Path to world-class education system

21 October 2013

If China truly aspires to be a global powerhouse in the coming century, then there is one battle that it has to succeed in. That is creating a world-class education system. This is, however, one of the toughest of all the challenges it faces. Education is the ultimate investment - something that takes decades to gain a return on, one of the hardest of all social activities to measure, but one on which, uniquely, there is consensus over the paramount importance of. The future challenges globally will only be solved with a population educated to the highest possible level.

A recent paper in the China Quarterly published in the UK by an American scholar sets this challenge out, with the simple question: Are Chinese universities globally competitive? They certainly get plenty of funding now, and they produce increasing amounts of peer reviewed material. But in terms of internationalization and contribution to global intellectual discussions, the picture is less clear cut.

First, the positives. Chinese universities are better funded than they have ever been, they are filled with academics with more opportunities to travel and study abroad with many being returnees from overseas degree courses. The Chinese tertiary level system now takes a higher proportion of the population than ever before. Research and development funding has risen exponentially under the central government's strategy of supporting innovation financially in the last decade. The campuses of Chinese universities are some of the most spectacular in the world, with excellent facilities and vastly improved libraries and laboratories. The onset of the Internet means that textbooks and information are now widely available electronically, and access to knowledge has been democratized.

But there are plenty of problems. The Chinese system at the moment privileges volume over quality. Many journalistic articles are produced, but few in internationally prestigious publications. The discipline range in which Chinese universities are becoming world-class is narrow. Universities are, by definition, meant to cover all disciplines. But many Chinese universities mainly function in hard sciences and economics, with what the Financial Times recently showed was a critical lack of commitment to disciplines such as medicine, where there remains social condescension.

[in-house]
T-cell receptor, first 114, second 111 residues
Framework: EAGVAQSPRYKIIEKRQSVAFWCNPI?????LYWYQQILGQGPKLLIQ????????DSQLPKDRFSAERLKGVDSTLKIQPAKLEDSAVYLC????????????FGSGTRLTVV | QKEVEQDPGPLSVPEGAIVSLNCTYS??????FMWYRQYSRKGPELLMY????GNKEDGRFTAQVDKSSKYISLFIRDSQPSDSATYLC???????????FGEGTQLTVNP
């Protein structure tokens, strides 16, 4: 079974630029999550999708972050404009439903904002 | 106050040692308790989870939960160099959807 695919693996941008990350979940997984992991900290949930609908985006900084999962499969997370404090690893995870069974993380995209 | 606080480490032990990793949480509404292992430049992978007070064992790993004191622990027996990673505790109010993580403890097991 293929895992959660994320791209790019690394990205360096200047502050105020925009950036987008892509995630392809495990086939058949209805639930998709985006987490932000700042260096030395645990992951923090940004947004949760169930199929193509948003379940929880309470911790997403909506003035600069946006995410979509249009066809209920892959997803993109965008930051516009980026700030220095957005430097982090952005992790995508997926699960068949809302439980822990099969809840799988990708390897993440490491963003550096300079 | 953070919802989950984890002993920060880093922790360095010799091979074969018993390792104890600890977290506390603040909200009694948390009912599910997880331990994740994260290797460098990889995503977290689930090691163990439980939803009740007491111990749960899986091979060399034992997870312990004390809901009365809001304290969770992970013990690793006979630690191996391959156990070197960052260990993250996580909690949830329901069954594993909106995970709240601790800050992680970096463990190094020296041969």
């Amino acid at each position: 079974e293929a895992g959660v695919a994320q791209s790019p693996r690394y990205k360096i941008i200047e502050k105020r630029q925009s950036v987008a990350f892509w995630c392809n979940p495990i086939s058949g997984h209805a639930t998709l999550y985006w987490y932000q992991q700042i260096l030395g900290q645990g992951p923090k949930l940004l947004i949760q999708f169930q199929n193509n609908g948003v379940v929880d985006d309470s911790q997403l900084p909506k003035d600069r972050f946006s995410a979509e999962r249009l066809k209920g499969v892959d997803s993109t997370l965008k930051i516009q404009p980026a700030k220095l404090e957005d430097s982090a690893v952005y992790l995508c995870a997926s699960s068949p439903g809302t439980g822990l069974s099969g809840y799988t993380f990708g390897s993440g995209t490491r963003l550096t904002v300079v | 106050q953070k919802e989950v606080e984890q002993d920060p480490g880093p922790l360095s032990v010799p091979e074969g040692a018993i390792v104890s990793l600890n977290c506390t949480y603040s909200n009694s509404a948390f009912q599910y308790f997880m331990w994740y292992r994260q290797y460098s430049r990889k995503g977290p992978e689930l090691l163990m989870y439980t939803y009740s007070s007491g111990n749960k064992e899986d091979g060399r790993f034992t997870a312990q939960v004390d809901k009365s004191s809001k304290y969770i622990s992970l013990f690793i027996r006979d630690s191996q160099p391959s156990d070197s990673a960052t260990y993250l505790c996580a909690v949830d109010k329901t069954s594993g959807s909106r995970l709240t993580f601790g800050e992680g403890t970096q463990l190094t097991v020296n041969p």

There is also the issue of creating world-class research. The most cited international scholars, a measure of their global recognition and contribution, are still largely in Europe or North America. On the data given in the China Quarterly paper, very few Chinese scholars at the moment have this sort of international impact. Part of this is of course language - the dominant language of global scholarship remains English. Even so, Chinese scholars are likely to need to make their voices heard far more on the international stage, particularly in areas where so much funding support has gone in the last few years.

There are a couple of key strategic choices for Chinese universities now. In view of the huge future demands that are likely to be put on them, their need to keep up with this by creating strong partnerships with global research partners is only likely to intensify. Just as the Chinese economy in the 1980s during the early part of the reform and opening-up process accepted foreign capital and know-how in order to meet its indigenous needs, so the tertiary sector is only likely to develop fully if there are far deeper partnerships with global partners than exist now. Education remains a highly protected sector in China, but a period of liberalization seems to be necessary, to allow foreign partners to operate more freely.

The second choice involves picking on the key areas and the key people or institutions in China that are best placed and likeliest to produce globally recognized research. Again, this is an area where cultivating foreign partners to assist in both the identification of these areas, but also the writing and producing of world-class standard work is key. China has produced many hundreds of thousands of gifted mathematicians, scientists and researchers. There now needs to be a focus on the elite within the elite who are likeliest, in small numbers, to be able to produce the best work they are capable of. This means that universities will almost certainly need a far less constrained and more privileged treatment than they get at the moment, with the acceptance of an environment of free enquiry across all disciplines.

Professor Kerry Brown is Executive Director of the China Studies Centre at the University of Sydney.

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